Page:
It was then that the Afghan soldier was mistaken for the enemy and was killed when the other half of the platoon returned. Tillman, who was by his side, also was shot, the report said.
Tillman and his fellow Rangers were attacked in a region where U.S. forces have been searching out Taliban and al Qaeda leaders who are believed to be hiding there. Operation Mountain Storm has been scouring the area for months -- looking for such leaders as Osama bin Laden -- and has frequently been involved in skirmishes.
Kensinger, in his statement yesterday morning at Fort Bragg, said Tillman's unit was ambushed with small-arms and mortar fire at about 7:30 p.m. local time in the vicinity of a military base in Khost, Afghanistan. He described the ensuing firefight as "intense" and involving about a dozen enemy fighters shooting from multiple locations.
"There is an inherent degree of confusion in any firefight, particularly when a unit is ambushed, and especially under difficult light and terrain conditions which produce an environment that increases the likelihood of fratricide," Kensinger said.
Marine Capt. Bruce Frame, a Central Command spokesman, said there has been one other friendly-fire investigation during Operation Enduring Freedom in Afghanistan, arising from a combat death in March 2002. According to the Defense Department, 51 U.S. soldiers have been killed in action in and around Afghanistan, and 122 U.S. soldiers have died in the operation.
The friendly-fire incident appears to be a classic example of what can happen in a chaotic combat situation, with soldiers getting out of vehicles in bad light while trying to engage an unknown enemy on unfamiliar terrain. It also highlights the potential for problems that can come with assembling multinational forces -- in this case, an Afghan coalition fighter mistaken as the enemy touched off the volley of friendly fire.
"Blue on blue" fire has become less of a problem for U.S. forces in the modern era, as they increasingly rely on better technology for airstrikes and have fewer soldiers out in the field doing operational missions. Still, such attacks occur, especially at night.
"It can be very confusing, particularly in an environment like that," said Allan R. Millett, a professor of military history at Ohio State University and a retired colonel with the Marine Corps Reserve.
"Everybody is piling out of vehicles, and they pile out shooting. That's always a dangerous situation. Doctrine is to put out a lot of fire and keep moving. If people respond properly, there are a hell of a lot of bullets flying around. It sounds like Tillman was just unlucky."
Millett said modern-day friendly-fire incidents are statistically low, especially compared with previous wars. U.S. forces in World War II had about 40,000 friendly-fire deaths, or about 10 percent of total losses.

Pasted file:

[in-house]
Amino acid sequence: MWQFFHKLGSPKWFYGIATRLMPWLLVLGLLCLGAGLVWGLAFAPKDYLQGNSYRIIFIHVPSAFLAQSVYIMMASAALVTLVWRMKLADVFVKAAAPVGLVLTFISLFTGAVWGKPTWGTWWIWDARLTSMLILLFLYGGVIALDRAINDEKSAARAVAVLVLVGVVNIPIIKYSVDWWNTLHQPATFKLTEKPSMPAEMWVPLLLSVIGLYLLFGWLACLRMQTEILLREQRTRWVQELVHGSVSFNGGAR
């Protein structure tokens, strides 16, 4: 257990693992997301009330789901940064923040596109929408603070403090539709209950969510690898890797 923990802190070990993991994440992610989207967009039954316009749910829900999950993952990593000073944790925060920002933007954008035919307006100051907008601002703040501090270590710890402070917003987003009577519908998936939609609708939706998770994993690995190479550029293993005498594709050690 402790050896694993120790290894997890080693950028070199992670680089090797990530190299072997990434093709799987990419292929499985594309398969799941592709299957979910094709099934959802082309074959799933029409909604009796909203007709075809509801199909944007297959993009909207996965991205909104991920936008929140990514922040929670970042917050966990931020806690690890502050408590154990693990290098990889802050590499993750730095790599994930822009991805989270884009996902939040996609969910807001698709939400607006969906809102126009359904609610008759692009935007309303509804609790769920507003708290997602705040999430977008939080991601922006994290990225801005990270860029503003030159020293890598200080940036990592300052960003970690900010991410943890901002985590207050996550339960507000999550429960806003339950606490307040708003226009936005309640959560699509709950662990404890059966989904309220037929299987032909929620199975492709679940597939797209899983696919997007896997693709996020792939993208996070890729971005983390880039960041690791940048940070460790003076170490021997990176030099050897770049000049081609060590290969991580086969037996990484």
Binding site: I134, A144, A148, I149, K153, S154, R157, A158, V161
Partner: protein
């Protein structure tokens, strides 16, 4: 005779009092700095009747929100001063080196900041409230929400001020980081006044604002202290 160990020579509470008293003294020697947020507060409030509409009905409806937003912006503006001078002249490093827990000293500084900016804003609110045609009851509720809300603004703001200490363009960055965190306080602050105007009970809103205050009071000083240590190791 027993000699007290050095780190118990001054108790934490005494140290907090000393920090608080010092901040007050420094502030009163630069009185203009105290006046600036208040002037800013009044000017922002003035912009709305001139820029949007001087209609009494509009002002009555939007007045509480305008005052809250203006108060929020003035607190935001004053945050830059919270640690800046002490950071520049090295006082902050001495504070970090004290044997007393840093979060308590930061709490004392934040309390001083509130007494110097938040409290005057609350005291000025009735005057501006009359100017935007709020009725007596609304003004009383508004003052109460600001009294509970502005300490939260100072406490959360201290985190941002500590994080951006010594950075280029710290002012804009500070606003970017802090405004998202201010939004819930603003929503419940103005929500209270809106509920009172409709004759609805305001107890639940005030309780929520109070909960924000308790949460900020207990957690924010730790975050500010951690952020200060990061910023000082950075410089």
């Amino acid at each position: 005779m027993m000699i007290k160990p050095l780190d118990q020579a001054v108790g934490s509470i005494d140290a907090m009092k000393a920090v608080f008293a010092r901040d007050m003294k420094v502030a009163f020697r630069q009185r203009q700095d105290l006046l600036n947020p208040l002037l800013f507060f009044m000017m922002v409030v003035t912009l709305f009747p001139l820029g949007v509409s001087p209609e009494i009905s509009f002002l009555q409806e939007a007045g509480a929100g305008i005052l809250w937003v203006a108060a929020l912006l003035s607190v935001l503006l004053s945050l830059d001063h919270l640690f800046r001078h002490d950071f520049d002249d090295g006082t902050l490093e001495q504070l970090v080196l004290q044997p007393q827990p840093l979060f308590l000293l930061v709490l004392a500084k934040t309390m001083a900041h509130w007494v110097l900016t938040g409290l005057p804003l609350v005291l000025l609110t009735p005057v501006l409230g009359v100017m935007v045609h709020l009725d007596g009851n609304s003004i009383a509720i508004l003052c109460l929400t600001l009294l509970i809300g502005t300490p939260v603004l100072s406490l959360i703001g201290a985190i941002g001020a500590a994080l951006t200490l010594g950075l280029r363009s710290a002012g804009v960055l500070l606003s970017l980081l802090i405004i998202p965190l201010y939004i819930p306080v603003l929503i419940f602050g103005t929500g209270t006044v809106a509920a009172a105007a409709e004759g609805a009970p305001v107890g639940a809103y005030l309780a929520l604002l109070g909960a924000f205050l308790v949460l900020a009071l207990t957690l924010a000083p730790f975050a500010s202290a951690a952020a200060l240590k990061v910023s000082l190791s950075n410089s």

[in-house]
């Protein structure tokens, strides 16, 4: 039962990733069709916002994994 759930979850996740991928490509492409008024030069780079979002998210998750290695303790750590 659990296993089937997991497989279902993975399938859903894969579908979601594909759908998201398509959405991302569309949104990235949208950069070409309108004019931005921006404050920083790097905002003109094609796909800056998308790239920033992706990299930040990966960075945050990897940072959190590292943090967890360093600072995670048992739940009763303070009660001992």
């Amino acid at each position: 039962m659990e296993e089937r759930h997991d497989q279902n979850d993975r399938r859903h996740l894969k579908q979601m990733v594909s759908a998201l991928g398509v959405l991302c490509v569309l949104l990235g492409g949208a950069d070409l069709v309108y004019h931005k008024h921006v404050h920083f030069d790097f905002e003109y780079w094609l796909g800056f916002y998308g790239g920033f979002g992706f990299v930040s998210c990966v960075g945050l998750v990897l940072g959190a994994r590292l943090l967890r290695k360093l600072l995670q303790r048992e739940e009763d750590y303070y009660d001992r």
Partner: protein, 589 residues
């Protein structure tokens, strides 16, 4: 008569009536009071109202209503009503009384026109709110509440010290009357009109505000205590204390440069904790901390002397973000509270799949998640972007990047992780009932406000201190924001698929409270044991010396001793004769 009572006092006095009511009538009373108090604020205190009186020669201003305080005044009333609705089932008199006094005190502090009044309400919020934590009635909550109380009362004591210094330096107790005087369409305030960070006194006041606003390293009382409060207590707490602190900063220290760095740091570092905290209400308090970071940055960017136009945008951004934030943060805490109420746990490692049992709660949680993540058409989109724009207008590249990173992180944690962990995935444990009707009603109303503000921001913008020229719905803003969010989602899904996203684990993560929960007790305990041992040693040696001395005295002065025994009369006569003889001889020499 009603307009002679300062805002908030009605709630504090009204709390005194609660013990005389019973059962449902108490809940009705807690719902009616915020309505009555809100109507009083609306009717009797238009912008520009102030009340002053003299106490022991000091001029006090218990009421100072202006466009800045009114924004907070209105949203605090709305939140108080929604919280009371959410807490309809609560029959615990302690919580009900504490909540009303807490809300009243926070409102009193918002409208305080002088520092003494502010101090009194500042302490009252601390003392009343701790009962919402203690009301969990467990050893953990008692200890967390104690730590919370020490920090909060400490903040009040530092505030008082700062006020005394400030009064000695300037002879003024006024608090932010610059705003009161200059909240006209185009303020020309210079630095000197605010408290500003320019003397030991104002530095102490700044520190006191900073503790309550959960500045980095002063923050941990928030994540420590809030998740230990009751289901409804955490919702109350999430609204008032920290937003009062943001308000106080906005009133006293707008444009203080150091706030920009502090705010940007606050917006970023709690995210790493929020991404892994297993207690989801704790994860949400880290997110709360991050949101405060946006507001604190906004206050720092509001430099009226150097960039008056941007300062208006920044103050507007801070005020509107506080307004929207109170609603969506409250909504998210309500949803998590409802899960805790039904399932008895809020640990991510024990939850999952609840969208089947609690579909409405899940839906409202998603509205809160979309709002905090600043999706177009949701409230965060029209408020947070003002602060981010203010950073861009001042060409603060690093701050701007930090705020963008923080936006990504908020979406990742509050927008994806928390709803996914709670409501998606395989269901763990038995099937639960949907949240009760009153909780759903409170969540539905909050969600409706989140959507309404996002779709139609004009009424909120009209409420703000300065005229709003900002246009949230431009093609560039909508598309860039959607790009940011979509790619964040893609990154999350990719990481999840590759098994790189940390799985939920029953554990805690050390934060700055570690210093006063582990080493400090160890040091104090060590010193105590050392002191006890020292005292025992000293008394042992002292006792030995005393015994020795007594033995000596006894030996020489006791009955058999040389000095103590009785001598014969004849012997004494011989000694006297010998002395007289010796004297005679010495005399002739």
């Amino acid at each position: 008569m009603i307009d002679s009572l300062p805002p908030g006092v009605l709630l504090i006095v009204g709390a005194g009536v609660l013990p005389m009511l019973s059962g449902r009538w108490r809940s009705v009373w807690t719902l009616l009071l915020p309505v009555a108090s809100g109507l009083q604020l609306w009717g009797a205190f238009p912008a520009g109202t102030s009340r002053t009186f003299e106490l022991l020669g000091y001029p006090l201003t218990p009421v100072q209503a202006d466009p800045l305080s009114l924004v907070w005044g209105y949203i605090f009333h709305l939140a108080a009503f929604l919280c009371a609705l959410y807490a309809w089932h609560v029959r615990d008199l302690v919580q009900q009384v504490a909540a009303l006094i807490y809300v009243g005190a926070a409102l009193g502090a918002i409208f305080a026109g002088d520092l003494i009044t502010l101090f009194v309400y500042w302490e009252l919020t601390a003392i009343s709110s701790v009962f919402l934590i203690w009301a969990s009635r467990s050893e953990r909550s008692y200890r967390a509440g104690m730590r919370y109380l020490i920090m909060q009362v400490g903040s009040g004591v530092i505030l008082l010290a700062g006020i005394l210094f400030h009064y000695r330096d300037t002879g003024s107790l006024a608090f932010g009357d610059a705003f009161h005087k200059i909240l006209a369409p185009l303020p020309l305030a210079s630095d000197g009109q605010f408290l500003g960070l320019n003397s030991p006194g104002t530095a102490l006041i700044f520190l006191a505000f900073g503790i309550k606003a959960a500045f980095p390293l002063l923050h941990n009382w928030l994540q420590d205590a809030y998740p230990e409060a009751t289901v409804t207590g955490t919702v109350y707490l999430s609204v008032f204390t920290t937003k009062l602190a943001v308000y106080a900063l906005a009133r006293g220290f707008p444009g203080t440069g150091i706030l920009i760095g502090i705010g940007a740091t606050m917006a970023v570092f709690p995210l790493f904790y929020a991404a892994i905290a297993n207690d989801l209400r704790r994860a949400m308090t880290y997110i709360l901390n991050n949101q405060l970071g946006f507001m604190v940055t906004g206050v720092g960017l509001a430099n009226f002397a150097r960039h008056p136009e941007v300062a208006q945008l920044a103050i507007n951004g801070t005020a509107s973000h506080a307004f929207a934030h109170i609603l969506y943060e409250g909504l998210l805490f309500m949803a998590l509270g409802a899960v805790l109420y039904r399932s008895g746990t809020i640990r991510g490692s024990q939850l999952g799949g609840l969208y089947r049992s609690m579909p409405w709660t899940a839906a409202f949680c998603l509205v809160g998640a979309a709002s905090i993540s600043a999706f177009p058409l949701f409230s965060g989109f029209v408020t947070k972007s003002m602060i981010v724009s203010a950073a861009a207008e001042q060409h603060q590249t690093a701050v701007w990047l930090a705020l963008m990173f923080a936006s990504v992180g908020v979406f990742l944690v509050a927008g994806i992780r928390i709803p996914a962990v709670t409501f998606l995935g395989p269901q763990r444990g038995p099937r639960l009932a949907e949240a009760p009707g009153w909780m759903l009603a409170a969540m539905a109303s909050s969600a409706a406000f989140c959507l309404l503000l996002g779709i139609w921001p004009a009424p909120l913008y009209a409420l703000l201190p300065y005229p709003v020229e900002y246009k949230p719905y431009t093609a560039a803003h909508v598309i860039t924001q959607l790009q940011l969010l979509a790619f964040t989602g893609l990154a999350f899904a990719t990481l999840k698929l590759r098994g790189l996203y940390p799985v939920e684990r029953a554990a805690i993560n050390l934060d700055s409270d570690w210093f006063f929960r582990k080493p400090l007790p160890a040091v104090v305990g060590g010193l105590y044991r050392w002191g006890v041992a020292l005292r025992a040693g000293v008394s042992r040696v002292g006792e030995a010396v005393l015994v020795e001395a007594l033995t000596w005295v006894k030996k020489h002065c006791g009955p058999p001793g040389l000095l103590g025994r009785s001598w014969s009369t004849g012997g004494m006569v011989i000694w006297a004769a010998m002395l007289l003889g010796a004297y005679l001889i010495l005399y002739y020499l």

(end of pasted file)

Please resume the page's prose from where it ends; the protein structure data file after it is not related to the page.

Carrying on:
A member of Company A of the 2nd Battalion, 75th Ranger Regiment, Tillman was one of an elite force of Army light-infantry soldiers often used for difficult assault missions around the globe. He and brother Kevin joined the Army in 2002 after he expressed deep patriotism in the wake of the Sept. 11, 2001, attacks on the World Trade Center and the Pentagon. Kevin Tillman also was an Army Ranger and was part of the same battalion.
Pat Tillman, a safety with the Cardinals, walked away from a $3.6 million contract and made less than $20,000 in the Army. He shunned media attention, telling his family and the military he wanted to be treated like other soldiers.
More than 600 NFL players served in the military during World War II and 19 were killed. One U.S. pro athlete -- James Robert Kalsu, an offensive lineman for the Buffalo Bills -- was killed in combat in Vietnam.
About 3,000 people, including politicians, soldiers, professional athletes and relatives, honored Tillman at a 2 1/2-hour memorial service in San Jose on May 2. Sen. John McCain (R-Ariz.) spoke that day of Tillman's resolve.
"Pat's best service to us all was to remind us what courage really looks like," McCain said.
Last week, the owners of the 32 NFL teams began discussing how the league would pay tribute to Tillman. NFL Commissioner Paul Tagliabue mentioned the possibility of a decal being placed on each player's helmet, but said no decisions had been made.
Gene Upshaw, executive director of the NFL Players Association, said in a midweek meeting with Washington Post editors and reporters that Tagliabue would honor the family's wishes.
"I know how Tagliabue feels about this," Upshaw said. "He wants to make sure that it's done with the best interests of the family and what the family wants."
Staff writers Thomas E. Ricks, Mark Maske and Steve Fainaru contributed to this report.